Dynamic Pricing of Network Goods with Boundedly Rational Consumers
|Publisher:||Stern School of Business, New York University|
|Abstract:||An important simplifying assumption made when analyzing goods that display positive network effects is that potential consumers can form a rational expectation of the equilibrium demand for the good, and that they all form the same expectation, which is then fulfilled based on their consumption choices - sometimes called a rational expectations equilibrium (REE). We examine whether the results of these models are robust to the relaxation of this assumption. In our model, consumers differ in their marginal utility of total demand (intensity of the network effect), which varies according to a given distribution (the distribution of consumer "types"), and are boundedly rational in two ways. First, only a fraction of consumers "pay attention" to price announcements in any interval of time. Second, those consumers who pay attention make their consumption choices based on a boundedly rational expectation of future demand. Our benchmark model is of myopic expectations, although we show how our results generalize (1) to a case in which the population of consumers contains both those who are myopic and those who are "fully rational," and (2) to a case in which consumers have expectations that are partly "stubborn". We base our analysis on a continuous-time approximation of an underlying discrete-time model. Under this approximation, the instantaneous choices of consumers continuously influence the rate at which demand adjusts over time, and a monopolist chooses a price trajectory to maximize profit. First, we show that, under fairly general assumptions about the distribution of types, the profit-maximizing rational expectations equilibrium is not a steady state of the optimal trajectory with boundedly rational consumers. Our second theorem shows that if consumer types are uniformly distributed and consumers form myopic (or more rational) expectations, the monopolistÃÂ¢ÃÂÃÂs optimal pricing trajectory is generated by a "target policy" with the following properties: when current demand is below the target, the price is zero; when current demand is above the target, the price is the maximum possible, and when current demand is at the target, the price is chosen to keep demand stationary. We also show that the optimal demand target with boundedly rational consumers is always strictly lower than the equilibrium level of demand predicted by a model with rational expectations. Furthermore, the difference between the target demand and the rational expectations demand is higher when consumers pay attention to the monopolistÃÂ¢ÃÂÃÂs price announcements at a lower rate. We generalize the results from this example in two ways. Our third theorem examines the case of myopic consumers and strictly concave distributions of consumer types. To find an optimal policy one must expand the set of controls to include measure-valued controls. The optimal policy is similar to the target policy of Theorem 2, except that when current demand is at the target, the monopolist chooses the "mixture" between a price of zero and the maximum possible price that keeps demand stationary. For convex consumer type distributions in the neighborhood of the uniform distribution, we give a heuristic argument to support a conjecture that the monopolist continues to choose a demand target lower than the rational expectations demand, but varies price gradually in the neighborhood of the demand target. Finally, for uniformly distributed types and consumer expectations that are both myopic and "stubborn", we show that the monopolistÃÂ¢ÃÂÃÂs optimal pricing trajectory is generated by a target policy with the same properties as those in Theorem 2, although with a target that is strictly lower, and that increases as consumers become progressively less stubborn. (This paper is part of a program of research whose broad objective is to explore the conditions under which the assumption of unbounded rationality in economic models is a reasonable one).|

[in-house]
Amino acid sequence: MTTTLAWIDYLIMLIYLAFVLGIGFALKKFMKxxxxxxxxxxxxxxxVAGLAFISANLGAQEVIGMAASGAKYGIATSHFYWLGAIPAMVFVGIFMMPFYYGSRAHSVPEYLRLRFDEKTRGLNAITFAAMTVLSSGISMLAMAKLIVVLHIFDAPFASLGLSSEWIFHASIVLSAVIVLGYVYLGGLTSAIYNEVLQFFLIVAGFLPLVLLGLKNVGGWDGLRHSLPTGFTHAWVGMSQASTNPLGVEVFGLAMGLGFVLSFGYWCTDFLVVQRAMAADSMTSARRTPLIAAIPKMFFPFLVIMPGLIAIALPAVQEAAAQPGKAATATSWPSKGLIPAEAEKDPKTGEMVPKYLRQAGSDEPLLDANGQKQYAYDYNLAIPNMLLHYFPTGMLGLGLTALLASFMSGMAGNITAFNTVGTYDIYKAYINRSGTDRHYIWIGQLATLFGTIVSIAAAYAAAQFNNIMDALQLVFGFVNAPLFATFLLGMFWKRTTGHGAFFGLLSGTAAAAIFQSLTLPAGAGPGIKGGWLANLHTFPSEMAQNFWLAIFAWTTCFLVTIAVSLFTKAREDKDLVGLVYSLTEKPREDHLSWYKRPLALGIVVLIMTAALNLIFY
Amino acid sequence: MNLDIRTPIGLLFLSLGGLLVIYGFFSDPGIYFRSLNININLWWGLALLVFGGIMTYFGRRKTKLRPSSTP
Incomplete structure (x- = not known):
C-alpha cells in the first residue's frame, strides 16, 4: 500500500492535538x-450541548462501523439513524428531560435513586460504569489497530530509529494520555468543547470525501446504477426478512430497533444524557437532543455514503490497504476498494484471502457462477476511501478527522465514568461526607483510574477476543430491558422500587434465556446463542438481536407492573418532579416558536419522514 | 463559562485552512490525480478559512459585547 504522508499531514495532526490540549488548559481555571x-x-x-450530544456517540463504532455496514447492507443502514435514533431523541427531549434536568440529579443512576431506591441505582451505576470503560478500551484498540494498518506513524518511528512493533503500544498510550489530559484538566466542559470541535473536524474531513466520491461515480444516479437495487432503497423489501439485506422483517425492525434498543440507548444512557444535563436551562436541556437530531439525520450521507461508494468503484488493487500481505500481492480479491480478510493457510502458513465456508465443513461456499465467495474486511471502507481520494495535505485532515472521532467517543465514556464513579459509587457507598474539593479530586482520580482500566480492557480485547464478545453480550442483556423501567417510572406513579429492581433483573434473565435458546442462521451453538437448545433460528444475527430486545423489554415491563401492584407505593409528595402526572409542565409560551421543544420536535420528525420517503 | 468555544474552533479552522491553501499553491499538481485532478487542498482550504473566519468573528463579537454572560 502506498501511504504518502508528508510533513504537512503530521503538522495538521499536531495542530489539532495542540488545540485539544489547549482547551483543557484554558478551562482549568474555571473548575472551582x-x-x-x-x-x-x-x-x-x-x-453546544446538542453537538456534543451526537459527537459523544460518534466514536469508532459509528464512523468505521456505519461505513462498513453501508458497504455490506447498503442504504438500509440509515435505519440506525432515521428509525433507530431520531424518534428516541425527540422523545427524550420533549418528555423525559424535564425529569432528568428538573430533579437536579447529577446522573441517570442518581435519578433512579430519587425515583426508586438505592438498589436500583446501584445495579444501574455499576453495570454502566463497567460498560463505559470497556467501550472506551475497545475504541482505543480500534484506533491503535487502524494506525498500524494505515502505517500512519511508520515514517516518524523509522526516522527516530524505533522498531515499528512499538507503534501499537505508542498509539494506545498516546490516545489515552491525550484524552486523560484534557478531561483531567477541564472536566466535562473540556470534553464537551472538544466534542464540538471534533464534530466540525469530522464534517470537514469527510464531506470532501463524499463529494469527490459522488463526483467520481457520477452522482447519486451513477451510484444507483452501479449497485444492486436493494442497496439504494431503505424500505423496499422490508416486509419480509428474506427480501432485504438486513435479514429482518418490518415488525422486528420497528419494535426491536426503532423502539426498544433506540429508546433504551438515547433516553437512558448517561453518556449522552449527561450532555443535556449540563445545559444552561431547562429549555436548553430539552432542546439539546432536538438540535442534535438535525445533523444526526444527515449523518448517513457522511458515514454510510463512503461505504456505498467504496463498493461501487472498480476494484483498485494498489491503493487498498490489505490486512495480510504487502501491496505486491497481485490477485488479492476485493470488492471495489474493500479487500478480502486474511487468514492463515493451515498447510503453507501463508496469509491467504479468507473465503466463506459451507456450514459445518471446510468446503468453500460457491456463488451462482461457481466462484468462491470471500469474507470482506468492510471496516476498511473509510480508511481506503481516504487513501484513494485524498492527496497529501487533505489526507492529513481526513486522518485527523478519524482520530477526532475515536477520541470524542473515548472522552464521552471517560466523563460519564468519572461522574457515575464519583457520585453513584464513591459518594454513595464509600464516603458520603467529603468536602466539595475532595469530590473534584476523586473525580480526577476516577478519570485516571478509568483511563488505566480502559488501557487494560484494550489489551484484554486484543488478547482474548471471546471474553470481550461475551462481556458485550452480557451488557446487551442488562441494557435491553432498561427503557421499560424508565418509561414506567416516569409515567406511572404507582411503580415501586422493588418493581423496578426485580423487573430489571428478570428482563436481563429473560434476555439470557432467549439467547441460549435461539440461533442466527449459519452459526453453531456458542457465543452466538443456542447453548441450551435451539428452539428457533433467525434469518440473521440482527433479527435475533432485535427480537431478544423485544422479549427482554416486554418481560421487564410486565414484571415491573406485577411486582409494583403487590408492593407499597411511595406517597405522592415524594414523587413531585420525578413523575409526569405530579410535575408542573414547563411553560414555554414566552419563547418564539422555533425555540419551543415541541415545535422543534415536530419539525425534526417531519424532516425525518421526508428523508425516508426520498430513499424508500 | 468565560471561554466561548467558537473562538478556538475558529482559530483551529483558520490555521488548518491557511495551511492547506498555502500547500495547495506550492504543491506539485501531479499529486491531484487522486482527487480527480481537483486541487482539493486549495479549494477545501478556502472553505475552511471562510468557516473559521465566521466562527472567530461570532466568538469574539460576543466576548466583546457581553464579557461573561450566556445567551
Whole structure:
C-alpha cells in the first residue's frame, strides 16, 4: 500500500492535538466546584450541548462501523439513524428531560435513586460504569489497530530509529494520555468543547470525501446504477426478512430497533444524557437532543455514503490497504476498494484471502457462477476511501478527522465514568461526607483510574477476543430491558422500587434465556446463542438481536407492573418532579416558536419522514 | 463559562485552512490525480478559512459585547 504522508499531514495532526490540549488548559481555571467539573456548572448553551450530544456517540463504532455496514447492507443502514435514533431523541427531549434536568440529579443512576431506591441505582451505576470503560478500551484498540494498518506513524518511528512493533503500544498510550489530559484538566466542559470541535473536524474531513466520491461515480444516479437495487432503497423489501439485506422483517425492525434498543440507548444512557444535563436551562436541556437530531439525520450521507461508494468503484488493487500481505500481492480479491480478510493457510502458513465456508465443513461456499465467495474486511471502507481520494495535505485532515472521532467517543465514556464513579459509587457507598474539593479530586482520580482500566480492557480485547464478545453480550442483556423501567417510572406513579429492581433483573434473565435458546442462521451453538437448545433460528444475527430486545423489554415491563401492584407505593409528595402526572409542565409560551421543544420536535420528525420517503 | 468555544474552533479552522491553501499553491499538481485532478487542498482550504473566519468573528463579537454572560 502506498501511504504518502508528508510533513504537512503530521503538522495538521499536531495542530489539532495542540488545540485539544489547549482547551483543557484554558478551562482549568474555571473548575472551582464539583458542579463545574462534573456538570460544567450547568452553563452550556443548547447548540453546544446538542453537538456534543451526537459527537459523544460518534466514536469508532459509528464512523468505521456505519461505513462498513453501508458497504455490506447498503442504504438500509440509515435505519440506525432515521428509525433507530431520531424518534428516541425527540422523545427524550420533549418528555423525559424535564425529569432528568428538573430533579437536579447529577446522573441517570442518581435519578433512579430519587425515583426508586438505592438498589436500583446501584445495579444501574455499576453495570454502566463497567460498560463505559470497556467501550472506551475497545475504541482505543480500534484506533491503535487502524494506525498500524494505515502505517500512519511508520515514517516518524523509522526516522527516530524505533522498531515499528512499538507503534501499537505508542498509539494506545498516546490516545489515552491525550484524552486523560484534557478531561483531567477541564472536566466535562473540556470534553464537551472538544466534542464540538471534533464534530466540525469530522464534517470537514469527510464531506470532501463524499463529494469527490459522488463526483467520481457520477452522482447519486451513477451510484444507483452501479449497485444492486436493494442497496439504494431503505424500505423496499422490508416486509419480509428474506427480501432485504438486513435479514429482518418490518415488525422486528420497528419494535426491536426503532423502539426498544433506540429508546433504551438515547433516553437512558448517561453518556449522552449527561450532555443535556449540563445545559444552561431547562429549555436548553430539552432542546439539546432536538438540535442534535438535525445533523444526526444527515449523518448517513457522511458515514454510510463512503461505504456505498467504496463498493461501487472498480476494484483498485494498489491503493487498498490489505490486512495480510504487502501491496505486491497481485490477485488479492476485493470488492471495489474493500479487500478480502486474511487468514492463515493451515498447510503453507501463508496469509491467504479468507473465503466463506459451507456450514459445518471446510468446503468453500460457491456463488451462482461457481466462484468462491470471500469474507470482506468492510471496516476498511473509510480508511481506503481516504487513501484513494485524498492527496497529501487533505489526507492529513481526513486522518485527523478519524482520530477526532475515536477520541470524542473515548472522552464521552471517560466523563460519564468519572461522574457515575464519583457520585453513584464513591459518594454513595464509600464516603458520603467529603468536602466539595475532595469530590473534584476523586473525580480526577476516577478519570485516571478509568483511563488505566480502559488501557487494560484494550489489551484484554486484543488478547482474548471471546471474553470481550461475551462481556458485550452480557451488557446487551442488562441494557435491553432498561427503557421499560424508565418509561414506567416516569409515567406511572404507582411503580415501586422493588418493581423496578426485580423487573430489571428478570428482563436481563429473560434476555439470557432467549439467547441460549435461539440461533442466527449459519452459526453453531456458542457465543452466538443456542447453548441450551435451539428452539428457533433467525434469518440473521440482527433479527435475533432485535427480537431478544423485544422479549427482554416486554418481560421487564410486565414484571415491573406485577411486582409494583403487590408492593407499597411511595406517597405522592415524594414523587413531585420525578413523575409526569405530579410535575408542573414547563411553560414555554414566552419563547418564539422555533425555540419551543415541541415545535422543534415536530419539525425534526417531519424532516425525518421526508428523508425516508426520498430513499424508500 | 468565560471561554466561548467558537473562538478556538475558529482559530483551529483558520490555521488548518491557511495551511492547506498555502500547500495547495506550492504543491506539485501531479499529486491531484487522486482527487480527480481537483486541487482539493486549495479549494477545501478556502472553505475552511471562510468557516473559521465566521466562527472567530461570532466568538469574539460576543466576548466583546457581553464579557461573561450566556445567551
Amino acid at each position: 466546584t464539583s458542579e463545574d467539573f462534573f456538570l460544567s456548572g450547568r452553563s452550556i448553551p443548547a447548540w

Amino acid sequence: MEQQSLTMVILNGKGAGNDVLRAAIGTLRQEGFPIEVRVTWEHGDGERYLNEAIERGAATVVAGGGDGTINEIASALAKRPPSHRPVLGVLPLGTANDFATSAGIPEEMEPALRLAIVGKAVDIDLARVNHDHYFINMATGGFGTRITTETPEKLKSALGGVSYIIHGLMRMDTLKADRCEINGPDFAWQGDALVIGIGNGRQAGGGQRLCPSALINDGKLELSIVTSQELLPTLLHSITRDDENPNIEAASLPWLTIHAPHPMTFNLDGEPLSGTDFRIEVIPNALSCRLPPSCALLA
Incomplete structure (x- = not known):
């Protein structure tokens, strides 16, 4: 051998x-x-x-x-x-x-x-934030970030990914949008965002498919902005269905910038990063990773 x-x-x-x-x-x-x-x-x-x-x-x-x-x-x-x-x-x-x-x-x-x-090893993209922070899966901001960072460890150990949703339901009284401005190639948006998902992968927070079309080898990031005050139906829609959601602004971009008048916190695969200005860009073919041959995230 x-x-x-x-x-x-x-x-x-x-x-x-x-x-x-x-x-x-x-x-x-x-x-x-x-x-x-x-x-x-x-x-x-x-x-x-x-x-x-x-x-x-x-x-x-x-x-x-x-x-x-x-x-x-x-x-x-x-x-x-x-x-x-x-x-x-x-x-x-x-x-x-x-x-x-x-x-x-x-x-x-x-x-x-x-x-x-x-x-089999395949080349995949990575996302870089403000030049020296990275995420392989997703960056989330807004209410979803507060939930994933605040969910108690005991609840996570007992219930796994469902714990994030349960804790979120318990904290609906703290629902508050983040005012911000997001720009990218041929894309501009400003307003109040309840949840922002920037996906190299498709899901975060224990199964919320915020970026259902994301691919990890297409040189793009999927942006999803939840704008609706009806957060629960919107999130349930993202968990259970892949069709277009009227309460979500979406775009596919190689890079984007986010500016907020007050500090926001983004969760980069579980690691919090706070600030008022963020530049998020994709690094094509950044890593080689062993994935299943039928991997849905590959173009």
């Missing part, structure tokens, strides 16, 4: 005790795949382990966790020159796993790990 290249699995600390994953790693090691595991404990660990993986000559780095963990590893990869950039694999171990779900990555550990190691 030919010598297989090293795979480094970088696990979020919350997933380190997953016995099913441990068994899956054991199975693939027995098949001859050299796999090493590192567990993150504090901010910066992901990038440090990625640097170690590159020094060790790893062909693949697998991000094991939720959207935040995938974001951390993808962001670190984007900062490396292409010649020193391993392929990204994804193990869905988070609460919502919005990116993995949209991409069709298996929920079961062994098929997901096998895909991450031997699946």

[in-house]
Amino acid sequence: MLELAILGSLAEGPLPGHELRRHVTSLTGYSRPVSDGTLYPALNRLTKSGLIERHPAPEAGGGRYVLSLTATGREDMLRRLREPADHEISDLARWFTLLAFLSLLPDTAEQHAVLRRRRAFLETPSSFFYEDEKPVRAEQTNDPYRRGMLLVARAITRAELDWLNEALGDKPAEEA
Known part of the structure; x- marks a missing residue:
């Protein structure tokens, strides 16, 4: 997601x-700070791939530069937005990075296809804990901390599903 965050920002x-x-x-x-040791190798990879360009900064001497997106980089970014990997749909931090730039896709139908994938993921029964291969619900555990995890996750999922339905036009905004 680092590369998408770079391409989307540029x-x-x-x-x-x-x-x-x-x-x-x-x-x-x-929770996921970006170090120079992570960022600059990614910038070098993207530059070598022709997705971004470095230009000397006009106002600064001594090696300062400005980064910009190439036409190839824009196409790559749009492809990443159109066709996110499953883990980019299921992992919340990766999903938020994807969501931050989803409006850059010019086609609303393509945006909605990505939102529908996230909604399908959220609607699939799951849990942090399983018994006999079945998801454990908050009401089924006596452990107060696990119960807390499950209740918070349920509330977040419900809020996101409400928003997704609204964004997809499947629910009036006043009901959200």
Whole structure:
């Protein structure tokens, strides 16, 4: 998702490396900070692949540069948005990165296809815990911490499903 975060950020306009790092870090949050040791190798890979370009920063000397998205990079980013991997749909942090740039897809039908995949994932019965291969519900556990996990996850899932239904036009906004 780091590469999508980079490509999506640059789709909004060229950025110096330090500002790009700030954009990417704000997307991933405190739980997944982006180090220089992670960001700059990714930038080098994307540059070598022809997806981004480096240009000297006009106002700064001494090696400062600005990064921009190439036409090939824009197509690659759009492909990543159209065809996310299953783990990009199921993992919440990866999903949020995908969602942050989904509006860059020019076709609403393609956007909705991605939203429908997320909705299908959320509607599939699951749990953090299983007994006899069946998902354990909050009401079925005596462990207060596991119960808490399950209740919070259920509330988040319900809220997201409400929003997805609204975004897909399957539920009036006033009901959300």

|Appears in Collections:||CeDER Working Papers|
IOMS: Information Systems Working Papers
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